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For most of us of the ‘been there; done that’ breed of travellers, Ziarat in Balochistan is simply the Residency where Jinnah spent his final days, the few juniper trees in its grounds and Sandeman Tangi. The last a veritable cesspit with all its detritus of human visitations and the accompanying stench.


Fortunately there is more to Ziarat than meets the common eye. One only has to be a little venturesome. For starters, it is a paradise for bird and small mammal watchers. The one great thing about wandering anywhere outside Ziarat town is the locals’ easy going lack of curiosity for strangers. No crowds gather; no one comes up to gawp. But hospitality is offered readily and without thought for recompense.
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شاہ دولہ کا پل

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The Salt Range and the Potohar Plateau

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When the meek inherit the earth

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In Swat there is no dissent on one thing: the good governance provided by the wali of Swat. This is one thing the oldest resident of the district will vouch for from memory of the time under the benevolent dictator, and this is also what any youngster will tell you from the stories gleaned from elders.

The wali was as a father to the district, they say. He provided education to all regardless of gender and established two thousand schools in the district. He gave justice without bias and he gave it swiftly. In his age, the civil servant was just that: a servant of the citizen.

Misdemeanour on the part of an employee of the State of Swat could be reported and action brought down speedily against the miscreant. In his time, no one could so much as cut a twig, leave alone poach a whole tree. Best of all, there was peace and rule of law in the country under the wali’s rule.
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Upper Jhelum Canal, No Small Wonder

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“The River Jhelum emerges from the Himalaya mountains through an S curve. Just before emerging, it strikes against a cliff on its right bank, which deflects it to the left, where it strikes against the cliff which is surmounted by the old fort of Mangla; which once more deflects it to the right, where it debouches on more open country.” So reads a document written fully 110 years ago by a most ingenious mind.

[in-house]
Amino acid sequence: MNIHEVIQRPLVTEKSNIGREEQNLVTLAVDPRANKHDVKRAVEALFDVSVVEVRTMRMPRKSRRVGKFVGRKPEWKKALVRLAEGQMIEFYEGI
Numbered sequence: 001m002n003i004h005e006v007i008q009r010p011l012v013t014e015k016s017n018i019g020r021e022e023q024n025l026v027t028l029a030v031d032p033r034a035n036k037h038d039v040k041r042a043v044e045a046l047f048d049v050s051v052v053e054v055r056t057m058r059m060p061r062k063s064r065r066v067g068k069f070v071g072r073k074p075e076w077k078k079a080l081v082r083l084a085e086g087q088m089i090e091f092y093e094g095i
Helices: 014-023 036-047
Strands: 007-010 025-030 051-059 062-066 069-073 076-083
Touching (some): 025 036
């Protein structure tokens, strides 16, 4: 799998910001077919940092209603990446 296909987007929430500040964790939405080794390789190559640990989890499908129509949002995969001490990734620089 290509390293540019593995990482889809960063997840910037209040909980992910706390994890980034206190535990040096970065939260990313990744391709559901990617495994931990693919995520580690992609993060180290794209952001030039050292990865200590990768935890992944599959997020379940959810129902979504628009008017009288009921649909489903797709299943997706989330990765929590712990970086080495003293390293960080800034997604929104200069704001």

The old abandoned headworks of the Upper Jhelum Canal sits right below Mangla Fort seen on the skyline. Tumbling down the mountains of Kashmir, Jhelum River washed the hill of the fort before turning sharply to the right, forcing its flow in the direction of the headworks. This was the first major canal that drew off without a barrage or weir spanning the river

The issue at hand was the take off point for a new irrigation canal dubbed the Upper Jhelum Canal, the last of the three canals built under the remarkable project known as the Triple Canal System (TCS), Punjab. The year was 1908 and the TCS was already turning large bandit-infested tracts of primeval forest in the doabs of Bari and Rachna into farmland and new villages. Similarly, the Lower Jhelum Canal, not part of the system, taking off at Rasul was already irrigating country where new farming villages and towns were fast emerging in present-day Sargodha and Khushab districts.

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My Books

Deosai: Land of the Gaint - New

The Apricot Road to Yarkand


Jhelum: City of the Vitasta

Sea Monsters and the Sun God: Travels in Pakistan

Salt Range and Potohar Plateau

Prisoner on a Bus: Travel Through Pakistan

Between Two Burrs on the Map: Travels in Northern Pakistan

Gujranwala: The Glory That Was

Riders on the Wind

Books at Sang-e-Meel

Books of Days